Tuesday, August 28, 2007

Red Mask in the Mailbox

Back in 1997 I wrote a short story called Red Mask in the Mailbox. I thought I would publish it here on the Blog at Bree along with some fun pictures on it's 10 year anniversary. I'll try to publish a chapter a week. Feel free to comment, if you want to.

Red Mask in the Mailbox
by Chris Griffith

Chapter 1: Slick Driveway
He asked a lot of questions: “What if this...? What if that...?” His mother called him the “What If Kid.” And he tilted his head when answered as if knew what you would say before you said it. And that stare of his, along with the mark on his face, was intense and made people nervous. “My..., isn’t he curious?” old ladies commented with a hint of uneasiness.

When the family ate out at a restaurant he examined the bathroom. At the grocery store he checked for change in drink machines, gum dispensers, and pay phones. He smelled his glass of milk before he took a sip, and before he bedded down at night, he made sure the closet door was shut, the night-light was on, and that Daddy checked for monsters under the bed.

He lived in Roanoke on Huntington Boulevard for six years of his young life, but six years seems like a long time if you have only been alive for seven.

On the day he turned eight, on November 8, 1978, in hopes of a unique birthday, Thomas asked his mother if it would be all right to stay home from school. She told him no. “School," Marjorie said, “is important. There are very few things in life more important than school.”

It had been the first year Thomas's mother allowed him to walk to school alone. The first day of class, Margie had watched her little boy descend the concrete steps at the bottom of the hill and step onto the sidewalk, her breath had made fog on the storm window. She had cried for two hours.

But Thomas did not walk alone.

Mary Snodgrass was a fat girl with freckles and a big mouth. She reminded him of a fish. Mary was in the fifth grade. She carried a Holly Hobby purse on one shoulder and a Charlie’s Angels lunch box on the other. It was white and made of plastic with a long strap so a girl could carry it like a pocket book, (Thomas thought Mary was a long way from becoming one of Charlie’s Angels). Even so, the pocket book and lunch box slapped around her fat body like slingshots. They kept time with Mary’s sluggish pace.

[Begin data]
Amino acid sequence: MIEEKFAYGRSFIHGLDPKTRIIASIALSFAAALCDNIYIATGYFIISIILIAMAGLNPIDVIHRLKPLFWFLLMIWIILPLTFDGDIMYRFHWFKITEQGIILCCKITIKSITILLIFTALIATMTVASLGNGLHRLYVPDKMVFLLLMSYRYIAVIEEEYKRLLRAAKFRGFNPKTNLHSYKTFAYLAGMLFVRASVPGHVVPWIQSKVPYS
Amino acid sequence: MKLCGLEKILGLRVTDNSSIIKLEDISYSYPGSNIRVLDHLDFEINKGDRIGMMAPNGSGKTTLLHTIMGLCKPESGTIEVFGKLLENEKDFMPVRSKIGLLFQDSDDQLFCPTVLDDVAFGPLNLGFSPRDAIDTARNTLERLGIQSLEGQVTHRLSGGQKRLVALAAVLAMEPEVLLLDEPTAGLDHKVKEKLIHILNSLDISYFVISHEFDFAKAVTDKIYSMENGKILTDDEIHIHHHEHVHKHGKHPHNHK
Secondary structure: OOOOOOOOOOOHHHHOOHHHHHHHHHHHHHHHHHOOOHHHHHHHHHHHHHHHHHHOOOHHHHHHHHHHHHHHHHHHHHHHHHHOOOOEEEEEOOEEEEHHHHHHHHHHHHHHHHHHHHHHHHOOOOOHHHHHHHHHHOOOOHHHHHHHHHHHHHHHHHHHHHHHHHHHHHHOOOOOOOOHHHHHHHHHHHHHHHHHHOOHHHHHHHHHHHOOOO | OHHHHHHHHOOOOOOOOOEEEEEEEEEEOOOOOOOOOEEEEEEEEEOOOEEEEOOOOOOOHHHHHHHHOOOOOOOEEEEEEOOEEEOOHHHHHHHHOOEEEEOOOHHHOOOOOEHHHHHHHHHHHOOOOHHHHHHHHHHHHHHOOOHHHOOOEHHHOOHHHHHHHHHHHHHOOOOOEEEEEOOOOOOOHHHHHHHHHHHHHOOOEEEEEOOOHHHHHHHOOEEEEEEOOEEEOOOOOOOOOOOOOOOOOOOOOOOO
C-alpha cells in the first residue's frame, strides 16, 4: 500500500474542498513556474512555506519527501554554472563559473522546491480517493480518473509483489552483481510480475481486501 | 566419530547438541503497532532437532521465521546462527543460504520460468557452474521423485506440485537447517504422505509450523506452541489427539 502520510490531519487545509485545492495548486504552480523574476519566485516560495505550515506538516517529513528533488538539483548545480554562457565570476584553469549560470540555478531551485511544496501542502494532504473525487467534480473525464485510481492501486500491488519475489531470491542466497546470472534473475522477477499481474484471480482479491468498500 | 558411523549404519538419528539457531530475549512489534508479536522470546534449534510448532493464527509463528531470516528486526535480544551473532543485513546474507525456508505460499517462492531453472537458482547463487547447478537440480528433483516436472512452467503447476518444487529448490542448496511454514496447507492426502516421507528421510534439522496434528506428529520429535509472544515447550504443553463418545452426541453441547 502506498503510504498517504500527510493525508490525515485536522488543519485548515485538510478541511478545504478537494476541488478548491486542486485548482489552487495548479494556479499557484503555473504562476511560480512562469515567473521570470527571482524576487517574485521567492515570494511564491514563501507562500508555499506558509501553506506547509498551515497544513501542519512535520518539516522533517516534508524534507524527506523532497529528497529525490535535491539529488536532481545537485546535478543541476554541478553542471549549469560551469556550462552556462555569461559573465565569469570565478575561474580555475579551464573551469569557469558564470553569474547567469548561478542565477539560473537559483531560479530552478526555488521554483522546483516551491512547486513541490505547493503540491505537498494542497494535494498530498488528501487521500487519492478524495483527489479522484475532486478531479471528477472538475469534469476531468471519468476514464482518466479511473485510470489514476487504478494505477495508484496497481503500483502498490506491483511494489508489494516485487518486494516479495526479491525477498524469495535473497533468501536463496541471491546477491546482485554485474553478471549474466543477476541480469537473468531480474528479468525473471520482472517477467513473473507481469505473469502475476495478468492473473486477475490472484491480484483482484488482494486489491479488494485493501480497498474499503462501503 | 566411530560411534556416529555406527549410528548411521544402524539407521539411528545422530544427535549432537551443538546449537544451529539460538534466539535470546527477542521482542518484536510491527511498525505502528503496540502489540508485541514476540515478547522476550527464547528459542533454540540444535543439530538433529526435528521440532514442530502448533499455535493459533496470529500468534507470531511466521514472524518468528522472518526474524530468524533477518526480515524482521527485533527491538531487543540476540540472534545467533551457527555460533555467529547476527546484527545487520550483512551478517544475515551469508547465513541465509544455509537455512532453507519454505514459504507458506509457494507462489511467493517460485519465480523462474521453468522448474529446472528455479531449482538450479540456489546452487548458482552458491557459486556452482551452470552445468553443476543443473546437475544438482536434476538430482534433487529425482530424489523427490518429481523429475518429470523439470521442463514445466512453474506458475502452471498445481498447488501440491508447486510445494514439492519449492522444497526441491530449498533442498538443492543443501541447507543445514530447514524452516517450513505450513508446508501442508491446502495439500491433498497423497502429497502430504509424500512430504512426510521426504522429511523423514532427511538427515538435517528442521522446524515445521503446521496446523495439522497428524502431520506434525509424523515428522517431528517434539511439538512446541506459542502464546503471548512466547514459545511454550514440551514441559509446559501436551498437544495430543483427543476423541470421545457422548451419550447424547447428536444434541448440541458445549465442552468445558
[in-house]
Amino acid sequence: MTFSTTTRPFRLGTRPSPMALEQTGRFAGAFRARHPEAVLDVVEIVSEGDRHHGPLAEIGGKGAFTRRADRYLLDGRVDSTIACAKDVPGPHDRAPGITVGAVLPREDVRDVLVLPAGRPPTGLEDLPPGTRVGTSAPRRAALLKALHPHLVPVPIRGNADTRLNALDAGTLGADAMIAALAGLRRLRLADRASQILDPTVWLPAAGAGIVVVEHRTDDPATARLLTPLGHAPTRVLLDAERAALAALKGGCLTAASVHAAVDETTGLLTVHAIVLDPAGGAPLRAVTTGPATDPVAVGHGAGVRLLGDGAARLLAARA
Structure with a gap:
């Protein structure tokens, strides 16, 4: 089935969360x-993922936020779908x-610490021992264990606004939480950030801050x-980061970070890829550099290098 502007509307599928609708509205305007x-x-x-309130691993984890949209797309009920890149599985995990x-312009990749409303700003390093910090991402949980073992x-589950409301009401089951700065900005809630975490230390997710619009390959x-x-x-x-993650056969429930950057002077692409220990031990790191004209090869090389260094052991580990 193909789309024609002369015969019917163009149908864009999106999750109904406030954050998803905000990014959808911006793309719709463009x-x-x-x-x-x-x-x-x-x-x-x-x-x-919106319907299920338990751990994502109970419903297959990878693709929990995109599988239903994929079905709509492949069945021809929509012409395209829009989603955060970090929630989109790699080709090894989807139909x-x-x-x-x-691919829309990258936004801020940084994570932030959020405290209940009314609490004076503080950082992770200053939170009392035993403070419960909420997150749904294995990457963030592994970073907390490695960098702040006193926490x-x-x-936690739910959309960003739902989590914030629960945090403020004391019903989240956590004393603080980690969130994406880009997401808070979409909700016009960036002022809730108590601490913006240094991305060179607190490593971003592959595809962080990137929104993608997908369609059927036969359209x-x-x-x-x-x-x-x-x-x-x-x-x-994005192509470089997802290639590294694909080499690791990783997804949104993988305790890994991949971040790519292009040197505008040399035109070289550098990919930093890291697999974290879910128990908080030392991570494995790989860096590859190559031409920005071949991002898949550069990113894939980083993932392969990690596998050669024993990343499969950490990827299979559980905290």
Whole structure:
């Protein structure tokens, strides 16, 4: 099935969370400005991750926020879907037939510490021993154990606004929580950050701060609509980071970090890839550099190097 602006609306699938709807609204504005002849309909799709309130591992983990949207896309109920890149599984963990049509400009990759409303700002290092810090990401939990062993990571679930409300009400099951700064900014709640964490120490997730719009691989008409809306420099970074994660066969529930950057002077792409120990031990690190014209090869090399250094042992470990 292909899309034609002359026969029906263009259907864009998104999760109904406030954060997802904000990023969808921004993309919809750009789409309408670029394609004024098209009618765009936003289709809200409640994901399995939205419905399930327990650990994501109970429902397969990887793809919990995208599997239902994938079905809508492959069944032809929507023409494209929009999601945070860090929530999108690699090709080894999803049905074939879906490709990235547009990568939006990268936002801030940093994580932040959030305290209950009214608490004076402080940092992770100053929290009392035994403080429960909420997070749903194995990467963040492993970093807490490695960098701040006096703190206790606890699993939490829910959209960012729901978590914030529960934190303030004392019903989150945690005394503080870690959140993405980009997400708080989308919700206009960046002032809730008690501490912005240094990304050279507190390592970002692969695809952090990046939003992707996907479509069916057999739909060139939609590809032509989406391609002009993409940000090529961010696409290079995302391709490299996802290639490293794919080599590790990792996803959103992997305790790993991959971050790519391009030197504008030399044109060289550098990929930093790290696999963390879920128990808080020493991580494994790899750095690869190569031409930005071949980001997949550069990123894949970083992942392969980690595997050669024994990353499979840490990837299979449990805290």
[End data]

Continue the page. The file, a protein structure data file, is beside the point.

Later that day, Thomas said goodbye to his friends and waited for Mary to exit the school.

He watched her walk out the back door. He picked up his books and his Cracker Jack lunch box, then started for home. Behind him, he heard the click of her wooden heals and the slapping sound of her pocket book and lunch box as it bounced off her rolls of fat. He tried to keep his pace faster than the slapping sound.

Thomas walked through the baseball field behind the school. His feet kicked dry dirt. He heard the turbulent, ugly voice of Mary “Snotnose” Snodgrass. “Wait up little boy. Your mother said you had to walk with me!” He walked silently, but twice as fast as Mary.

His father, Joe Trimpton, turned into the driveway on Huntington Avenue in a baby blue ‘76 Mercury Bobcat.

Joe pulled into the driveway so quickly, he did not see the grease, but smelled the putrescence. It reminded him of growing up on the chicken farm as a kid.

“Good gravy...,” Joe mumbled, licked lips, and tried to get a nasal grip on the smell from below.

Joe loved to say those words. “Good gravy…,” he had said, looking in the rearview mirror, as he ran down a groundhog on Old Mountain Road. “Good gravy....What are you doing back there?” he had asked, when a bad aroma floated from back seat to front seat on a trip to Myrtle Beach.

“Good...gravy....!” Joe accentuated each word, placed the car into park, and stomped on the brake as he slid down the driveway.

Thomas thought the car looked like a sled sliding down a hill of packed snow.

When Thomas saw his dad slide down the driveway, Mary was half a block behind him. Thomas saw the uneasy look on his dad's face, watched his mouth move, and moved his own mouth in sync with his father’s. “Good gravy...”

The car crashed into the mailbox at the bottom of the hill, which sent the pole across the street where it burst into the living room window of the Mrs. Lucado’s house, and sent the mailbox tumbling into the cool, crisp November air. (to be continued)

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